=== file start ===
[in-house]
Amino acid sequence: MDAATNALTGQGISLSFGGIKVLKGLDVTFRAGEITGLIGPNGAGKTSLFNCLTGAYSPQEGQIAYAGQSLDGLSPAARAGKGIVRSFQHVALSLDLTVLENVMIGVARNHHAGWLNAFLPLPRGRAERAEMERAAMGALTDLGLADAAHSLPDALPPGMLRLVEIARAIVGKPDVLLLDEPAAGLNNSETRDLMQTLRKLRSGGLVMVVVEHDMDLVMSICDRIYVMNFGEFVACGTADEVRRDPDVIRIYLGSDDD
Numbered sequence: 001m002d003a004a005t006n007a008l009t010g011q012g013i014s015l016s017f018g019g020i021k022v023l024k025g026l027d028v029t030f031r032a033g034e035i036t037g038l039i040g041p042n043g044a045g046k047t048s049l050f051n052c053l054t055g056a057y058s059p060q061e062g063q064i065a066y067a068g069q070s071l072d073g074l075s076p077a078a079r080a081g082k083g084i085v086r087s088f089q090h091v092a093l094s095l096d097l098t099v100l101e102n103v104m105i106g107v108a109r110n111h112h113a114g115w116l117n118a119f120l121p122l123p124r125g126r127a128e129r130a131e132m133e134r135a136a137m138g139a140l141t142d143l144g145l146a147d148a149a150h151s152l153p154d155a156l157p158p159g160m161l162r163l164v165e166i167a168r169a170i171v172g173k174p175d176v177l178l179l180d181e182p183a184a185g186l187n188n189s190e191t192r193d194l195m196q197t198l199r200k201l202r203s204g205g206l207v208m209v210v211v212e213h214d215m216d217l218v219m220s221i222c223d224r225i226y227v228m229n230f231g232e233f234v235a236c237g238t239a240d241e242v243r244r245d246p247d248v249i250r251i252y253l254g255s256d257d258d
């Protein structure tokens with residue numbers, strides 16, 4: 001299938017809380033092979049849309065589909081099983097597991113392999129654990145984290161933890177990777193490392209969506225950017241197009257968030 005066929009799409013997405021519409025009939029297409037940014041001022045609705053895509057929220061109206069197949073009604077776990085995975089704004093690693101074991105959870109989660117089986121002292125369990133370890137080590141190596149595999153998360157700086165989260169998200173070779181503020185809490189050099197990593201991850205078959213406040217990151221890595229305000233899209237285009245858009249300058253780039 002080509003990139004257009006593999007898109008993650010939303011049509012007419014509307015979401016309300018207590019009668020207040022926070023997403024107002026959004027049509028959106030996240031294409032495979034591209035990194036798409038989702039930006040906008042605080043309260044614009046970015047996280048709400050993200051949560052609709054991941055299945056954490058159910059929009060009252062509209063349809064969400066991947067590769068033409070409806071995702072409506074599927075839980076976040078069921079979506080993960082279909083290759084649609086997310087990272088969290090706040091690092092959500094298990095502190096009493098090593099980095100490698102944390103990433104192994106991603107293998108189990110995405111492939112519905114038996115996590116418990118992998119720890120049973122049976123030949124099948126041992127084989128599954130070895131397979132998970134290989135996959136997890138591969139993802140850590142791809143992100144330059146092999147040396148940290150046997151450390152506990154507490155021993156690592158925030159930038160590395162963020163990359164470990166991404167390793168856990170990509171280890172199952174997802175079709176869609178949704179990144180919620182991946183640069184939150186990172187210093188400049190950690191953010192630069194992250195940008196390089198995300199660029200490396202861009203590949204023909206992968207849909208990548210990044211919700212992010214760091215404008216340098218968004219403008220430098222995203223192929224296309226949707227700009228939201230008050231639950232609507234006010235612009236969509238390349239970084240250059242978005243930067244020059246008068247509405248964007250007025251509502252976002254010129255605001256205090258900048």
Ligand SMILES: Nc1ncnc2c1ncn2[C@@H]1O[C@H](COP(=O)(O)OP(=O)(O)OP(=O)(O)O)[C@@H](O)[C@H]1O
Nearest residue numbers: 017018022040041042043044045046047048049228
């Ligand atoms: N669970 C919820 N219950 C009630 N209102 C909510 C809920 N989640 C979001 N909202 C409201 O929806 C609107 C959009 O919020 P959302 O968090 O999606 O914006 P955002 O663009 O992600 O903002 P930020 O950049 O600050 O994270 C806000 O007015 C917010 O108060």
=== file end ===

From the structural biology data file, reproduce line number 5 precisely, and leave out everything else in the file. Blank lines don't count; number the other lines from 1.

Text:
Ligand SMILES: Nc1ncnc2c1ncn2[C@@H]1O[C@H](COP(=O)(O)OP(=O)(O)OP(=O)(O)O)[C@@H](O)[C@H]1O